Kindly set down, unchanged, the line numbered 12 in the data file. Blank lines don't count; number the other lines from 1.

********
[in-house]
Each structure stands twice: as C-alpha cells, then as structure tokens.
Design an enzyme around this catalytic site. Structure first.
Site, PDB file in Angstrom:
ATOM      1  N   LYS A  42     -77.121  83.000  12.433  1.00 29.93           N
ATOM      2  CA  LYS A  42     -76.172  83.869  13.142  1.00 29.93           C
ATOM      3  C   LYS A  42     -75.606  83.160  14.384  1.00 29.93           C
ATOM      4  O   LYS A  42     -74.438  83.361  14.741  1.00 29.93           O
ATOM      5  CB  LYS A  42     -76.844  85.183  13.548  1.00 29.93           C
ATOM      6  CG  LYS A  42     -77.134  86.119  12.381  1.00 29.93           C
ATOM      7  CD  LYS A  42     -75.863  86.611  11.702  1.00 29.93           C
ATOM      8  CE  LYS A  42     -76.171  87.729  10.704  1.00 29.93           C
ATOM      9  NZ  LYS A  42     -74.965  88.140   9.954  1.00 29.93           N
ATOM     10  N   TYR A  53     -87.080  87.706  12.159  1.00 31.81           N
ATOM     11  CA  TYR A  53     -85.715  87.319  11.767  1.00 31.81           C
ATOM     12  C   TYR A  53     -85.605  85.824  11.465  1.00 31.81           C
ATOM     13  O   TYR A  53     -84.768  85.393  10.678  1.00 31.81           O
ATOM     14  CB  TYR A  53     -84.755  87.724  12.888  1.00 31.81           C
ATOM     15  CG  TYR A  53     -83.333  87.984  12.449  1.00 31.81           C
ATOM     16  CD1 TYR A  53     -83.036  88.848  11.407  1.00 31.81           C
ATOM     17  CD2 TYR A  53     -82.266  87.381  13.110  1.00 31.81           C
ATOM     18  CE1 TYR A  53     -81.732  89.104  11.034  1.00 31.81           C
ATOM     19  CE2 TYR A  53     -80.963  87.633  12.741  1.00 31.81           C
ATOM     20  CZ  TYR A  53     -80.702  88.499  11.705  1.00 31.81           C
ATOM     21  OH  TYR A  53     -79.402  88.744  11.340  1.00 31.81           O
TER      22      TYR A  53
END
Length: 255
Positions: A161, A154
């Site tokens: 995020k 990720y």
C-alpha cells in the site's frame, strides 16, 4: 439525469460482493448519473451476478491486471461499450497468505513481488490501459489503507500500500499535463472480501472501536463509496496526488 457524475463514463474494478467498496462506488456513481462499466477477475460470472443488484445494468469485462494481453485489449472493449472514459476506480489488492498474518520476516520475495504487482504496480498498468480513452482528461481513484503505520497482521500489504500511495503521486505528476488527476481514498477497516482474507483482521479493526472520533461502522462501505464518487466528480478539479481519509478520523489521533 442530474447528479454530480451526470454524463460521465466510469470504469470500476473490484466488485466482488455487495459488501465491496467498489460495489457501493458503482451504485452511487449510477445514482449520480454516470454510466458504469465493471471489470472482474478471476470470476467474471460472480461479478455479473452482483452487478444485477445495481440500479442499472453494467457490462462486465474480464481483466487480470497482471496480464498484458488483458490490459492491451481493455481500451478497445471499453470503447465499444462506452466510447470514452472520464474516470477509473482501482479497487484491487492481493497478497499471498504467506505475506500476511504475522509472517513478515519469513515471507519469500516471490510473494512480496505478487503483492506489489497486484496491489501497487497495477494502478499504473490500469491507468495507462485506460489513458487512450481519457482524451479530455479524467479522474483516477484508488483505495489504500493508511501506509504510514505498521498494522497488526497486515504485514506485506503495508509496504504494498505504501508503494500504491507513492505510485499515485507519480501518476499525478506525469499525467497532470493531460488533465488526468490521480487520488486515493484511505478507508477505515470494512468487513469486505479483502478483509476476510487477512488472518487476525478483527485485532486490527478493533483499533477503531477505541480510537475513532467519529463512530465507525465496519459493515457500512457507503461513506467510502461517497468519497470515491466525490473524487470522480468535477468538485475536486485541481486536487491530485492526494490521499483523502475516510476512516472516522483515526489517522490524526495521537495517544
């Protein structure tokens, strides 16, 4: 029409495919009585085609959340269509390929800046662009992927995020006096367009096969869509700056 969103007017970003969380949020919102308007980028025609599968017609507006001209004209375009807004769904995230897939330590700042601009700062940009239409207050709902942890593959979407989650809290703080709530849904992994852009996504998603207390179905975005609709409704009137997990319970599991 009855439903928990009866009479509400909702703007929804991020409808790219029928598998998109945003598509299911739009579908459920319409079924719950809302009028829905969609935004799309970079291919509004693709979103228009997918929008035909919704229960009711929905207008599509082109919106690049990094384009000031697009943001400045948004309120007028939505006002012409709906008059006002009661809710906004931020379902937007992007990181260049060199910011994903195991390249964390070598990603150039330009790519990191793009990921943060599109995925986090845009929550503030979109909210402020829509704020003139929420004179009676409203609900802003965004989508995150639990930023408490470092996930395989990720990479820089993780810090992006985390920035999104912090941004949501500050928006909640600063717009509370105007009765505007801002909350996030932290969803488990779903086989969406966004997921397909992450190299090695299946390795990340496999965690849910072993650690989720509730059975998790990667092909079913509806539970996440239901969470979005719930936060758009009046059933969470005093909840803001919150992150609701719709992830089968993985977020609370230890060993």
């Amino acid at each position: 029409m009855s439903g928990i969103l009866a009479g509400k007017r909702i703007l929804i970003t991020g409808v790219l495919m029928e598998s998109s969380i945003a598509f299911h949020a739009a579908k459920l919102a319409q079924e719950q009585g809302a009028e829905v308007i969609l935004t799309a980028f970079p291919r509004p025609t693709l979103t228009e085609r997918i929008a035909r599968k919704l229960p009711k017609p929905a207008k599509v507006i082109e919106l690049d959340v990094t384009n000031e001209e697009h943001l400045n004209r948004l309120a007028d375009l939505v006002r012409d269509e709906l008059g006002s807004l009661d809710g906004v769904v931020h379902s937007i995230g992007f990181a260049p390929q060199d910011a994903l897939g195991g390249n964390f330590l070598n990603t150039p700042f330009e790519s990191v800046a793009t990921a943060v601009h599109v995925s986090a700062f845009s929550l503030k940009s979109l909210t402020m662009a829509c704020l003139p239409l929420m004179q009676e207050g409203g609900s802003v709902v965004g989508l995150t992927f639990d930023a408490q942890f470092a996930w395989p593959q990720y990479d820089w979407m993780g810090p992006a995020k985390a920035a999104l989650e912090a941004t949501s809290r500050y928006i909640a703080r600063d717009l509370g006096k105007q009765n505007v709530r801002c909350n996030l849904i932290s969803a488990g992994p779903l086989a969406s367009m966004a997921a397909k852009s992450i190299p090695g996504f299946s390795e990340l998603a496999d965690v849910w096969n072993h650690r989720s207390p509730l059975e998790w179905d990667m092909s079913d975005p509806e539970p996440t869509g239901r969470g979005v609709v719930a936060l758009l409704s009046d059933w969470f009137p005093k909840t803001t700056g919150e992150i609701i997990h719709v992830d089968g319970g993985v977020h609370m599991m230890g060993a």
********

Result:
ATOM      8  CE  LYS A  42     -76.171  87.729  10.704  1.00 29.93           C